How to Build an Effective Culture in an Accounting Firm

At Outfit Recruitment we place company culture at the heart of our business strategy and consider it to be crucial to our success. We believe that a strong culture can play a huge part in the success an accounting firm. We have therefore provided some tips and guidance on how you can build an effective, high performance culture within your business.

1. What culture do you want?

One of the first steps in the process of effective culture building is establishing what culture you want. Added Value, who specialise in consulting and developing corporate culture within Australian public practices, put forward 19 possible cultural characteristics that a public practice may wish to see in its firm. These were:

Respect For Others, Ethical Behaviour, Listening and Understanding, Positive Attitude, Honesty, Empathy, Persistence, Empowerment, Hard work, An entrepreneurial focus, Collaboration, Competence and service quality, Conscientiousness, A family like environment, Team work, Accountability, Efficiency, Practical solutions, Conservative. As practice principals you should examine this list and tick off which characteristics your firm already possesses and highlight in red those characteristics that it would like to possess. You have now performed a rudimentary culture gap analysis, and now that you know what is missing from your culture you can take steps to introduce new behaviours that reflect your desired culture.

2. Using recruitment as a culture change tool

A key place where you can begin to change corporate culture is the recruitment process. Rather than trying to changes staff behaviour, it is easier to hire people who already exhibit that behaviour and, over time, as you hire more people with your desired behavioural leaning, they will soon become the dominant culture.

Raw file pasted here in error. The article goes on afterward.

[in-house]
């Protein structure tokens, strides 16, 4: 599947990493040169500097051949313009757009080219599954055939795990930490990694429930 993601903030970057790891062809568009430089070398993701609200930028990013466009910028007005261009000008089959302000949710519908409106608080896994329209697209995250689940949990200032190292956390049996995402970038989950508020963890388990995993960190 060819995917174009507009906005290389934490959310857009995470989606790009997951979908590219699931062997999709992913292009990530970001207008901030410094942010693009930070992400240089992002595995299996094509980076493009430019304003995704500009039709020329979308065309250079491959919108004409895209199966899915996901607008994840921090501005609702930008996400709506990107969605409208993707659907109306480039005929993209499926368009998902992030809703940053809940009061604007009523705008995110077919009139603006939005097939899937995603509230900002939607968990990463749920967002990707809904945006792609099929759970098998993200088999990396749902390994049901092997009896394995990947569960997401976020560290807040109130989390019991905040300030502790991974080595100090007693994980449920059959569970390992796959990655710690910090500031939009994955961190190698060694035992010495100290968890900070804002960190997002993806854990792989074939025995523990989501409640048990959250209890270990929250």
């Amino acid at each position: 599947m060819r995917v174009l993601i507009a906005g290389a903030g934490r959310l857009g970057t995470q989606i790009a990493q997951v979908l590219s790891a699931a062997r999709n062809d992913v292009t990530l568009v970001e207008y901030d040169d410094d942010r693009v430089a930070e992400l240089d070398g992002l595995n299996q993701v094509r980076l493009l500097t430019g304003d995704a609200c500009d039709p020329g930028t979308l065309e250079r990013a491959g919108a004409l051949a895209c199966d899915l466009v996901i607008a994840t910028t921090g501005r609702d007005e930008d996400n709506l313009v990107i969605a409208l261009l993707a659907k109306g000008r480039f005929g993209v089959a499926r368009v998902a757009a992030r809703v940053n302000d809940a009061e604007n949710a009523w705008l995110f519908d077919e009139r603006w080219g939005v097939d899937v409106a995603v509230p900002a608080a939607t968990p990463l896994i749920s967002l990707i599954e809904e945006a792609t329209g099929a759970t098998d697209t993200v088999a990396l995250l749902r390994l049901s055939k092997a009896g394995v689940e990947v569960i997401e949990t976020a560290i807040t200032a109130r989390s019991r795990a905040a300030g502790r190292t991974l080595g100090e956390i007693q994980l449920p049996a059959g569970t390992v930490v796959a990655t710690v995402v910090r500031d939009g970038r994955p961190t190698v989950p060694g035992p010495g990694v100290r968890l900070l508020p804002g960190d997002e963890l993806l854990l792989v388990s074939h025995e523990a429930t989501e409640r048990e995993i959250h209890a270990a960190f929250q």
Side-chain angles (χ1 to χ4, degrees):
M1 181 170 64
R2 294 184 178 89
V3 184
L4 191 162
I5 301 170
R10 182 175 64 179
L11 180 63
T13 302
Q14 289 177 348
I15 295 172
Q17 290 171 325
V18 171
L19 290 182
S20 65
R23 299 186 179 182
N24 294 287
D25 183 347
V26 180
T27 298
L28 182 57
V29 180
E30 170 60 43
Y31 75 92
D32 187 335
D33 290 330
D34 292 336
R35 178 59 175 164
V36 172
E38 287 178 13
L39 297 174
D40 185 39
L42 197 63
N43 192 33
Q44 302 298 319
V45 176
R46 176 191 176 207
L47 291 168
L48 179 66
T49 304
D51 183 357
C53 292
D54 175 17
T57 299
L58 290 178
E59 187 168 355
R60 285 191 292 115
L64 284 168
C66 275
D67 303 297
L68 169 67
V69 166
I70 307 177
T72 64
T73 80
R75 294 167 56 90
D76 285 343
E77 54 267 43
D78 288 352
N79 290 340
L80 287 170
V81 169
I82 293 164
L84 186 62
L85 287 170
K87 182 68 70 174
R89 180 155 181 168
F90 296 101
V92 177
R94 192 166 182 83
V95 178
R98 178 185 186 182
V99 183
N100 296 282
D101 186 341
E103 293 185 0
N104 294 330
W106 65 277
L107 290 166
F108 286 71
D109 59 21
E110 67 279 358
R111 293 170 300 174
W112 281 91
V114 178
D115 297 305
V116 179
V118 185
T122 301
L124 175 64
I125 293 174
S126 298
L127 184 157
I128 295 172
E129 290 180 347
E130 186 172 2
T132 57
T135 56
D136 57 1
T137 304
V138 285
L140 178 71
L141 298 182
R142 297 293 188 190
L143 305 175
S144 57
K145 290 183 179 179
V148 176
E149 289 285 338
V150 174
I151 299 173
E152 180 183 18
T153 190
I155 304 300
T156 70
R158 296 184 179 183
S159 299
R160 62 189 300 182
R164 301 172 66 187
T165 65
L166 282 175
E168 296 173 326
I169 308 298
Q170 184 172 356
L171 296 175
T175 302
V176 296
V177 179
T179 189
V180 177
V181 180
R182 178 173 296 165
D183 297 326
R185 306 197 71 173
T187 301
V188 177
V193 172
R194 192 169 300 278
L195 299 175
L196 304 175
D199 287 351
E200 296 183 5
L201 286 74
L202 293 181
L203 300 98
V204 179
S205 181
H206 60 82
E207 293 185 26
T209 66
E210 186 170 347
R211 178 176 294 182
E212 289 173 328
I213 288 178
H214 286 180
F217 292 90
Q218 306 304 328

There are two main ways to screen for culture during recruitment. The first is using culture based interview questions and you can find an article here on how to do this on this site. Another approach, (which occupational psychologists may argue is more reliable) is by using a personality assessment. There are many of these tests in the marketplace and they enable you to assess a potential candidate’s preferred behavioural style, e.g. do they like to work in teams, how well do they cope under pressure, how positive are they?

3. Communicate your company culture through a core value statement

Having established what your company culture is you should reflect it in a list of core values that you expect every employee to display. This should be communicated effectively, but how? A core value’s statement should be prepared and placed within all the key company documents, e.g. the employee handbook, careers sections of the website (see PWC example here), and you may want to consider having a professional poster designed so it can be placed in the meeting room.

4. Environment should reflect the company culture

The organisation should live and breathe the core values and it should be reflected in the company environment, that is if you want to encourage the behaviour in the staff. For example, if you want employees to be collaborative, ensure there are plenty of comfortable and suitably equipped meeting spaces. Or, if you want the culture to be open, restrict the use of individual offices and work to a more open plan format, allowing employees to go into offices if they need a quiet place to work to complete a crucial project or task.

5. Roles models will drive culture

Role models play a crucial role in building company culture. Junior employees will take their cue from senior managers as to which behaviour is expected and acceptable. It is crucial that you hire senior managers who reflect your company values and that you coach managers regularly on exhibiting core values. A good way to do this is to have an annual management conference/get together where the core values can be reinforced.

6. Reward cultural role models to reinforce your culture

Another way to encourage employees to behave in line with core values is to incorporate core values into the performance appraisal assessment criteria. Typically, you would choose 8 to 10 of the most important values and employee performance should be assessed against these criteria. Higher performing employees who reflected core values would receive bigger bonuses, thus reinforcing that behaviour. Lower performers, who did not exhibit core values, would not receive bonuses and would be encouraged to change their behaviour in line with core values.
As you can see, company culture cannot be built overnight, but rather it should be cultivated and developed over a period of time incorporating the techniques mentioned above.